It is thought which creates the complication, and the cleverness of the thinker who can just keep talking about the complexities. These complexities are thought. So aren’t we thinking, how do I stop thought? But really the difficulty is I haven’t seen the world free from thought. Or haven’t I? We see it all the time, in a moment of beauty, and naturalness, but reduce it to an experience. The complete seeing of the world is not an experience as we know it. It is timeless, limitless. Then the question is, can I live in this world completely? Again we reduce it the thinker.

But there is no you to sustain or to desist. There is only thought.

The same way it can acknowledge any of its mistakes: it reviews the evidence. Thought can see what has happened, but it can’t see what is happening without recourse to more thought, which only enables an explanation or identification based on memory. This is why Krishnamurti said that thought is time.

Direct perception is instantaneous. To see what actually is requires no thought, and thought can only see what it can recognize, what it knows. That’s why when you see something you don’t recognize, you’re stumped until you can make sense of it through thought.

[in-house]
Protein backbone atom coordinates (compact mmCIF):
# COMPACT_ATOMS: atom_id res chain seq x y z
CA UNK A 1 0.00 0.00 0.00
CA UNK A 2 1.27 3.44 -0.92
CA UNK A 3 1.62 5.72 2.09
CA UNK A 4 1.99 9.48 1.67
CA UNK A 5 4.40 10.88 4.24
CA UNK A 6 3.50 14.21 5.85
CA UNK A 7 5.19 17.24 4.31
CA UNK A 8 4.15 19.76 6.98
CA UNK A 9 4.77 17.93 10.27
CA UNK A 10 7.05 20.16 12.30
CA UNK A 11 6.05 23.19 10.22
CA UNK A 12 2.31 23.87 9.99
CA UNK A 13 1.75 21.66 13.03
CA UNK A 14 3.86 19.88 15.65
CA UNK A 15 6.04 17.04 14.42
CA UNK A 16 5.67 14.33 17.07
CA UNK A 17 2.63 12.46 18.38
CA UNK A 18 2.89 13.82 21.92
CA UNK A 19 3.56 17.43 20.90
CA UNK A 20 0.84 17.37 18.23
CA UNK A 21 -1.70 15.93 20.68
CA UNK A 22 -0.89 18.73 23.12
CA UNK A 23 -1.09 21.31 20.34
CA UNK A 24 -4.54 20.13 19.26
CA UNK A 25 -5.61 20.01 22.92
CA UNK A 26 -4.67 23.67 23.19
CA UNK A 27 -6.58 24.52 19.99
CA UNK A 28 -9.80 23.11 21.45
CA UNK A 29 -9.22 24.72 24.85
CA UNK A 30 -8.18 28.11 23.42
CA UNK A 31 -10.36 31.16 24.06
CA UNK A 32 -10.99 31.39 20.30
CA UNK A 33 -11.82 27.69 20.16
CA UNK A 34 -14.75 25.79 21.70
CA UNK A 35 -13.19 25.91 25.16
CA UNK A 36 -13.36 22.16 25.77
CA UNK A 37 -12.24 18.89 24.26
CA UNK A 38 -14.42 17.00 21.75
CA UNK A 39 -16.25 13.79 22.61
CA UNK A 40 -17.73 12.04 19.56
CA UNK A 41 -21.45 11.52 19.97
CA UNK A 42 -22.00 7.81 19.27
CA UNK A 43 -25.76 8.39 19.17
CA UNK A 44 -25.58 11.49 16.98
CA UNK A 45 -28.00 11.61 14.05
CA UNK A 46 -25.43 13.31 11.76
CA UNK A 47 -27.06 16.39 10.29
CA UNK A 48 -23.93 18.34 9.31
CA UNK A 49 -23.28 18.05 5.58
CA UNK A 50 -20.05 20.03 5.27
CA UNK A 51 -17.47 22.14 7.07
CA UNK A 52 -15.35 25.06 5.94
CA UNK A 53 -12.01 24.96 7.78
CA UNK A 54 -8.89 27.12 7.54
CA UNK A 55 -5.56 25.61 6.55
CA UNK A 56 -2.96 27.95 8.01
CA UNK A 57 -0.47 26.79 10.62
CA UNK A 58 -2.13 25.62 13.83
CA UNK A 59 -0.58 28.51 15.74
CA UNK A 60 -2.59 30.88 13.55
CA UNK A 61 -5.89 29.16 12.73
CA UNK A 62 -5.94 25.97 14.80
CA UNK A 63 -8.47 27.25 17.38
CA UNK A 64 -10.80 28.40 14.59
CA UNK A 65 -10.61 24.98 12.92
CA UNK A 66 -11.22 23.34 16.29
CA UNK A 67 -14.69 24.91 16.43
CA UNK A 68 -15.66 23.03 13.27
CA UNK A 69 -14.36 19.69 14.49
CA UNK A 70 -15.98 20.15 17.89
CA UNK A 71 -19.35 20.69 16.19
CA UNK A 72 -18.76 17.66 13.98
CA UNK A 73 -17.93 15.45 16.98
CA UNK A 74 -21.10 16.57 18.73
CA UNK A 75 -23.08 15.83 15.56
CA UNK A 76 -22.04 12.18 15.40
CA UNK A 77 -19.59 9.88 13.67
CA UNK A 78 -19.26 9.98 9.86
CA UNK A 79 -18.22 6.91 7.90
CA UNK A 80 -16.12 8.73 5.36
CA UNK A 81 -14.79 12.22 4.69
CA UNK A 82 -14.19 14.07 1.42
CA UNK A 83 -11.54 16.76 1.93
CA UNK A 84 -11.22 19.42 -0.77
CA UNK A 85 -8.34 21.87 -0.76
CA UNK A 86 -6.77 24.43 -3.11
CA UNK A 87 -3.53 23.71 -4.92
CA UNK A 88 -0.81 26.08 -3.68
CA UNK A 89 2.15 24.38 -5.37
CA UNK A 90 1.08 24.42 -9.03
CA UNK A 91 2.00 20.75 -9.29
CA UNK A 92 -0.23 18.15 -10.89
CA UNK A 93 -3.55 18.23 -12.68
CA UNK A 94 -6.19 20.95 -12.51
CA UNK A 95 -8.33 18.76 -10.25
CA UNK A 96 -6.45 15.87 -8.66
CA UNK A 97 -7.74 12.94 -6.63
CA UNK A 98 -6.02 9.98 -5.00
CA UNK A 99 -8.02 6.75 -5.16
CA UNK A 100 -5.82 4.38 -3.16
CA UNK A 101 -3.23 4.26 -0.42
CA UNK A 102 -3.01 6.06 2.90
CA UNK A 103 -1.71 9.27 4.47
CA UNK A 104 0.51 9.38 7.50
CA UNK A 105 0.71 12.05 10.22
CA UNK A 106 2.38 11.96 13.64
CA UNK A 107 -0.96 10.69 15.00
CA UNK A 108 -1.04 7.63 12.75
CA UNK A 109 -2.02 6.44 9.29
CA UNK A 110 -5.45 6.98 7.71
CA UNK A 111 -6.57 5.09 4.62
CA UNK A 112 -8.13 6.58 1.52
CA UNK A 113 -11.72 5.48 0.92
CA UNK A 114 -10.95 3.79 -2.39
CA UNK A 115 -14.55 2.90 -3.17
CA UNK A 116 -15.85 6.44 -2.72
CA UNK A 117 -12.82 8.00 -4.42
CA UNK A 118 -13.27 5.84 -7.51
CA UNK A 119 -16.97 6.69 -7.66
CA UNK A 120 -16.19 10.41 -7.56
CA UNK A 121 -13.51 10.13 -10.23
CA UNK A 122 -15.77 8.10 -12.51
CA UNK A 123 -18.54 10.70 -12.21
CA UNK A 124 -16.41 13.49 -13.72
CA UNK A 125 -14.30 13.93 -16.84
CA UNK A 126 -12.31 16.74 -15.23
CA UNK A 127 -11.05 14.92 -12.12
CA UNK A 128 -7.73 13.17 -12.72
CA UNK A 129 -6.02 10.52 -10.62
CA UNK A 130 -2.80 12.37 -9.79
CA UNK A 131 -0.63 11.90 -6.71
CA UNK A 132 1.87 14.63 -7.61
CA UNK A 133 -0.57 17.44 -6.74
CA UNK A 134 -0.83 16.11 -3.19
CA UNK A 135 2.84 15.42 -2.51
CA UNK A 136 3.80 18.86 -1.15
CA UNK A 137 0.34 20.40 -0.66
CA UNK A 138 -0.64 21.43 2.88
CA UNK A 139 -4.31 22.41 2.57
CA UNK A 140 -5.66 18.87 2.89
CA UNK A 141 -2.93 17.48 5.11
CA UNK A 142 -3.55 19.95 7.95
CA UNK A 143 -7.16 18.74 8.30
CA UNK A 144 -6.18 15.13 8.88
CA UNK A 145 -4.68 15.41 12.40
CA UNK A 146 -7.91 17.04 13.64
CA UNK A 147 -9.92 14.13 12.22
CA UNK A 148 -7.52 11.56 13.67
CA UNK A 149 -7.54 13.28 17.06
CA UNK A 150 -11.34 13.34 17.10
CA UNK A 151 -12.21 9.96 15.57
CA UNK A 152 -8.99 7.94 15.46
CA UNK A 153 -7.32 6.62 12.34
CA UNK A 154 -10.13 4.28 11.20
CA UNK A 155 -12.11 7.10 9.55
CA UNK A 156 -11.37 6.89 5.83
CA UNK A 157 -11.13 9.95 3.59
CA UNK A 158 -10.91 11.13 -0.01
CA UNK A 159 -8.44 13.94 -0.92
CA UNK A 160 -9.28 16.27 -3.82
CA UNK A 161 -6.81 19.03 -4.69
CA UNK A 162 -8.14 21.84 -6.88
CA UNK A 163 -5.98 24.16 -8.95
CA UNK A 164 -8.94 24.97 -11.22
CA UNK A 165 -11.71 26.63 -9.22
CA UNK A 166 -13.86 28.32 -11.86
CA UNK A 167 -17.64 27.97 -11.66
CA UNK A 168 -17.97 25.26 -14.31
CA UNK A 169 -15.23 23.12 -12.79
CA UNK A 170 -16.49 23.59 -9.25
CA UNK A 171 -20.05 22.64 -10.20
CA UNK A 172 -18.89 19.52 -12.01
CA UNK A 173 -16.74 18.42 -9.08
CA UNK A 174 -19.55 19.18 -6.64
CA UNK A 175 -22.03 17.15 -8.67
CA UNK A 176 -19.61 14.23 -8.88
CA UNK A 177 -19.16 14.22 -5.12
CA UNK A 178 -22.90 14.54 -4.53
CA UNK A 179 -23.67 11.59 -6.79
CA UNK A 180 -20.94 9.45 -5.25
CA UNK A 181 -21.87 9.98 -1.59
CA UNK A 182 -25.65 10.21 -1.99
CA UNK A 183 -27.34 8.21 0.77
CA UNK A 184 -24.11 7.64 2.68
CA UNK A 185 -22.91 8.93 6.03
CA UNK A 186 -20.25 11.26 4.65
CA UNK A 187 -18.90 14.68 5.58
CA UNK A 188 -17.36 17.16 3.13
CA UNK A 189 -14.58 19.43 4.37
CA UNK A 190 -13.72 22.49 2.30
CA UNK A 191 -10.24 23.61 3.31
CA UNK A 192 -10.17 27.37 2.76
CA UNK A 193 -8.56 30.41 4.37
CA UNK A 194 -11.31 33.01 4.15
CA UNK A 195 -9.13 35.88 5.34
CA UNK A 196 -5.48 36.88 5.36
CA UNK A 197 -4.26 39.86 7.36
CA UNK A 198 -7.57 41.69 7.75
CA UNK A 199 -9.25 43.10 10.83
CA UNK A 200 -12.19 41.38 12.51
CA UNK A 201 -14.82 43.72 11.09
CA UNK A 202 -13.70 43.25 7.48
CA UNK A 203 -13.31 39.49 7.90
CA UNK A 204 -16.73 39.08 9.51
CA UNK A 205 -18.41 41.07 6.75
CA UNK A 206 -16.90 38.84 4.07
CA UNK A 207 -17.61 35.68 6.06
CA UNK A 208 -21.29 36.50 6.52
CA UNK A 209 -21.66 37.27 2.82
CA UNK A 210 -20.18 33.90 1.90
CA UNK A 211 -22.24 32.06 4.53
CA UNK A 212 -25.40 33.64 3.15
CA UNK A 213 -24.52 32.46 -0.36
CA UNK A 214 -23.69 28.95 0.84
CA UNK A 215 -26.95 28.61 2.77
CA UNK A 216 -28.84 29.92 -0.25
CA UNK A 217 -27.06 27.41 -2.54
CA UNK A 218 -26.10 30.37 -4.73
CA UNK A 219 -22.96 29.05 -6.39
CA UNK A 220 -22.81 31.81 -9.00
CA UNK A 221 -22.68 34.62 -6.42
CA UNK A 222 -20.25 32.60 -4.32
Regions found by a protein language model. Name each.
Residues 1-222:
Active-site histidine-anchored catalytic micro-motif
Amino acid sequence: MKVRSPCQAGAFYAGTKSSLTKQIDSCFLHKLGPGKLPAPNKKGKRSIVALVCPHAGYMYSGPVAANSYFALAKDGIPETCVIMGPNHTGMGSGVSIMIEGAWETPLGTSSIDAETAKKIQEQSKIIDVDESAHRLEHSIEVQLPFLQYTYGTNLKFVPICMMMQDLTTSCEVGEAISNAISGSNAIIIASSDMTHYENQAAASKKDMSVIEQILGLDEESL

When you speak of the “complete seeing of the world” and how this seeing is “timeless, limitless”, are you not just parroting Krishnamurti?

What is anyone saying? Is it some kind of pure self expression? Or is it, as has been noted, the accumulated thoughts of all the ages, which is called conditioning? Within this there is an ability to maintain an idea of individuality, a self, ego, etc, but this is a separateness from the world. Occasionally we experience a non-separateness, a merging with world, and sense the beauty and wonder effortlessly. But why is this separateness maintained and cultivated? For any one interested they can read the writings and watch the video’s of J Krishnamurti. But be careful, reading books and watching videos can become part of the conditioning.

You pose the above question, then answer it with “read the writings and watch the video’s of J. Krishnamurti”, as if your job is to promote the teachings.

Why not just admit that you can’t answer the question with your own understanding because, like everyone else here, no one completely comprehends Krishnamurti’s teaching?

It is not about morality, not about right and wrong, it is talking together without emotion, sentiment, and paranoia.

You’re confused. I said nothing about morality, right and wrong.

We have to see, I am the thinker, and the words I use are what is on the mind.